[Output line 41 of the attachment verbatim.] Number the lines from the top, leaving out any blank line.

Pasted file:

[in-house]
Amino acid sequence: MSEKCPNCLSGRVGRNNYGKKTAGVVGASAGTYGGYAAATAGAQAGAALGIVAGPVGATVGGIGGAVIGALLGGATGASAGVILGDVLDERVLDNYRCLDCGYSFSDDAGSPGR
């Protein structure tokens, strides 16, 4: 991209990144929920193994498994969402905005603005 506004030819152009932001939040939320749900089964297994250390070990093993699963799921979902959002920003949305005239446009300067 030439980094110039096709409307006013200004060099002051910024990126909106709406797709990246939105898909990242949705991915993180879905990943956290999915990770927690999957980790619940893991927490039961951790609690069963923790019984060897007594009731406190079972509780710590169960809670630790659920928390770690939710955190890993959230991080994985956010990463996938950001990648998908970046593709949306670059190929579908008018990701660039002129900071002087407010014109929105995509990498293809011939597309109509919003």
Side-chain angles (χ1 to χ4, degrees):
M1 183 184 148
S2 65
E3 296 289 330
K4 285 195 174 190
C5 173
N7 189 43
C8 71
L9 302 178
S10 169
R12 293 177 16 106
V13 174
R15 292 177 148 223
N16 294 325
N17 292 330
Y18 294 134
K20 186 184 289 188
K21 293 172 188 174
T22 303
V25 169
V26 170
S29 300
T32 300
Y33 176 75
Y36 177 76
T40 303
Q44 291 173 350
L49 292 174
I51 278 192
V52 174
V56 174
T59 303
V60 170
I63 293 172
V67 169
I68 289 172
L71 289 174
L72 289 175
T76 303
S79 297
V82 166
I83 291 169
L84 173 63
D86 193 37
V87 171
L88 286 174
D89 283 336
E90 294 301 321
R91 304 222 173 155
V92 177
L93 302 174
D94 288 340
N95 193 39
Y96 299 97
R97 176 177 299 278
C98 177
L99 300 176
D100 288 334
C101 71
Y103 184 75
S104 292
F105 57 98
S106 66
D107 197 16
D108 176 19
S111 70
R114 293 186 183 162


L72 289 175